David Myers, Ph.D., is a professor of psychology at Hope College in Holland, Michigan. Visit davidmyers.org to explore his scholarship, science writing, and books.

  • 06 Aug 2018 6:00 PM | Anonymous member (Administrator)

    By Jennifer Parada, M.A., Northern Arizona University

    Laboratory courses represent a unique aspect of undergraduate education because they allow for direct application of course content and the scientific process (Beck, Butler, & Burke da Silva, 2014; McKeachie & Svinicki, 2013). Both of these aspects (i.e. direct theory application and scientific inquiry) are highlighted in the current American Psychological Association guidelines for the undergraduate psychology curriculum (American Psychological Association, 2013). Thus, lab courses that are well-taught increase student comprehension and application of essential psychological theories, increase critical thinking (Luckie, Aubry, Marengo, Rivkin, Foos, & Maleszewski, 2012), and increase a general interest in science (Freeman et al., 2014; Misseyanni, Marouli, Papadopoulou, Lytras, & Gastardo, 2016). For instructors, who are often graduate students, teaching a lab is a unique experience that allows for greater freedom to experiment with and apply various instructional styles (e.g., expository, inquiry-based; Domin, 1999). This freedom of experimentation is not always available in traditional lecture courses, and especially for graduate students who are given general teaching assistant assignments intended to support faculty through grading, proctoring exams, hosting office hours, etc.

    Being that lab courses yield multiple benefits to students and freedom for graduate student instructors, I have gathered some structural tips and best practices on teaching a lab:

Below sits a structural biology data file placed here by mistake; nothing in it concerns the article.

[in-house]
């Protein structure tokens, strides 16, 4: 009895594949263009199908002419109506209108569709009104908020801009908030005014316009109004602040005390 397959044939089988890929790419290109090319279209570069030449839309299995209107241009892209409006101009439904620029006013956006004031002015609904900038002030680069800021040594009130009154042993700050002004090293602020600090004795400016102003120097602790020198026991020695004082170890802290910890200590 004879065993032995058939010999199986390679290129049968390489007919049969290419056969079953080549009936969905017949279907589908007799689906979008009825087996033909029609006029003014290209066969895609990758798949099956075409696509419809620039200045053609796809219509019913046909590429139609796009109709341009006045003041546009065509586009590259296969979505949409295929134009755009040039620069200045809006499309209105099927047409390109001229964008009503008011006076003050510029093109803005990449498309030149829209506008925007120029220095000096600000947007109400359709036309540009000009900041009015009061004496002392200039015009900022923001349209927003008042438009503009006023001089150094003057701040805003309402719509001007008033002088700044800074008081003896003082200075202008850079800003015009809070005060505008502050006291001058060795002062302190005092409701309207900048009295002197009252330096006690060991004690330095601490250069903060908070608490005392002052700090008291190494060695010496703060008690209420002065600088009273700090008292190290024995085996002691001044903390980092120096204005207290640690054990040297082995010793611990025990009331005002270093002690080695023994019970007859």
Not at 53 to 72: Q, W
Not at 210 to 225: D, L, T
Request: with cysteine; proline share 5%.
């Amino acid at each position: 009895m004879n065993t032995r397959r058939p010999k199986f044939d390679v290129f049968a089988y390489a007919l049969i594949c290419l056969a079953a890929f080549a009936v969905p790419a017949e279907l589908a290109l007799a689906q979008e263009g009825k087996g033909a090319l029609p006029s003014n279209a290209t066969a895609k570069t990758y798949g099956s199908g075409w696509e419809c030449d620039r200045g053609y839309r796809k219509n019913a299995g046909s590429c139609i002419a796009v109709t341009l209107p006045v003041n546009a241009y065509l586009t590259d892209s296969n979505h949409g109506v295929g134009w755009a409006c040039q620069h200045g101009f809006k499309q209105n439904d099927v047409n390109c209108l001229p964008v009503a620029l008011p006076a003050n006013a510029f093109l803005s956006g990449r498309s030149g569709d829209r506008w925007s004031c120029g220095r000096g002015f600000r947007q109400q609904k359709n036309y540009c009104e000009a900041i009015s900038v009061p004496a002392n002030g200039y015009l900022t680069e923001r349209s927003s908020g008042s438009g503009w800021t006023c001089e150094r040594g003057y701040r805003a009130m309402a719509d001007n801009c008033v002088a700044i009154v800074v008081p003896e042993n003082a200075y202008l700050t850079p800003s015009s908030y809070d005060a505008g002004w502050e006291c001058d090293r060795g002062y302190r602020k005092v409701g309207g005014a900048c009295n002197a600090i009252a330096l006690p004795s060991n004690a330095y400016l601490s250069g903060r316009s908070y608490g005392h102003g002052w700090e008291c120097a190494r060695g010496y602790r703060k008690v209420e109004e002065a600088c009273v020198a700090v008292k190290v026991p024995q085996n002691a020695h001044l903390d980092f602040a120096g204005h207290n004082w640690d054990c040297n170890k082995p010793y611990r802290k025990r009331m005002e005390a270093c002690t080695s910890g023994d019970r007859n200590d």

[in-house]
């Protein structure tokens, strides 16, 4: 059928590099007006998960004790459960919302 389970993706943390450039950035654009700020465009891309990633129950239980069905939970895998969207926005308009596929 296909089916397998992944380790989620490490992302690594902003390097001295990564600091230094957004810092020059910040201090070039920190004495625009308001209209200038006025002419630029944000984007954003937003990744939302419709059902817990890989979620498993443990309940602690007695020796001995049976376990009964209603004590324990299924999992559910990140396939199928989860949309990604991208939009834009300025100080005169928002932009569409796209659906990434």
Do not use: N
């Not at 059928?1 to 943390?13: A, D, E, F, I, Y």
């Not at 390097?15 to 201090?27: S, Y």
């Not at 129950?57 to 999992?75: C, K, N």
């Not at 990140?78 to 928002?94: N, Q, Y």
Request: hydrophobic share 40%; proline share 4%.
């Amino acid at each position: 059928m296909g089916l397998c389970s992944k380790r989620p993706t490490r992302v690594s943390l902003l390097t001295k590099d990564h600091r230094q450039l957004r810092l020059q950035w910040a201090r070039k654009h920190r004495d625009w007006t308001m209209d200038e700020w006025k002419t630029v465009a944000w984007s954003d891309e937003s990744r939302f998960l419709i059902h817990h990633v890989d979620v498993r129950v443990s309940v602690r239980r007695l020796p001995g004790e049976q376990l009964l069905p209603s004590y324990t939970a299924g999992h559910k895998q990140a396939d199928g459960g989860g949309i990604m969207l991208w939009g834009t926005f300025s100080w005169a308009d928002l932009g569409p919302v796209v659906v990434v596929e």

1) Weekly Quizzes

    Although there might be high-stake assessment requirements for certain labs (e.g., a poster presentation for a research methods lab, a neuroanatomy exam for a biopsychology lab), frequent low-stake assessments are an excellent way to keep students engaged with lab content and track their mastery. The use of short, weekly quizzes that cover content from the previous lab are a semi-effortless technique to do just that. Ideally, the content covered on the quizzes is independent of lecture (although there will likely be overlap because of the supplementary nature of laboratory courses). For example, in my upper-division behavioral neuroscience lab, quizzes for the neuroanatomy unit are often composed of pictures of brain structures, which students must identify along with questions associated with the structures’ functions.


    2) Mini Lectures

    After weekly quizzes are completed, I suggest providing a mini lecture intended to review relevant content that students will be implementing during the assigned lab. In other words, use mini lectures to prime students on the relevant topics they will need to thoroughly comprehend in order to successfully complete the lab. Students should be well aware of the goal of mini lectures to avoid confusion or frustration during the lab activities (Kenwright, Dai, Osbourne, Gladman, Gallagher, & Grainger, 2017), see a direct connection between lab activities and learning outcomes, and develop increased comfort asking clarifying questions before beginning the lab activities. As the name suggests, mini lectures should last 10-15 minutes, which also helps prevent lab periods from becoming an additional hour of lecture.


    3) Lecture Note Handouts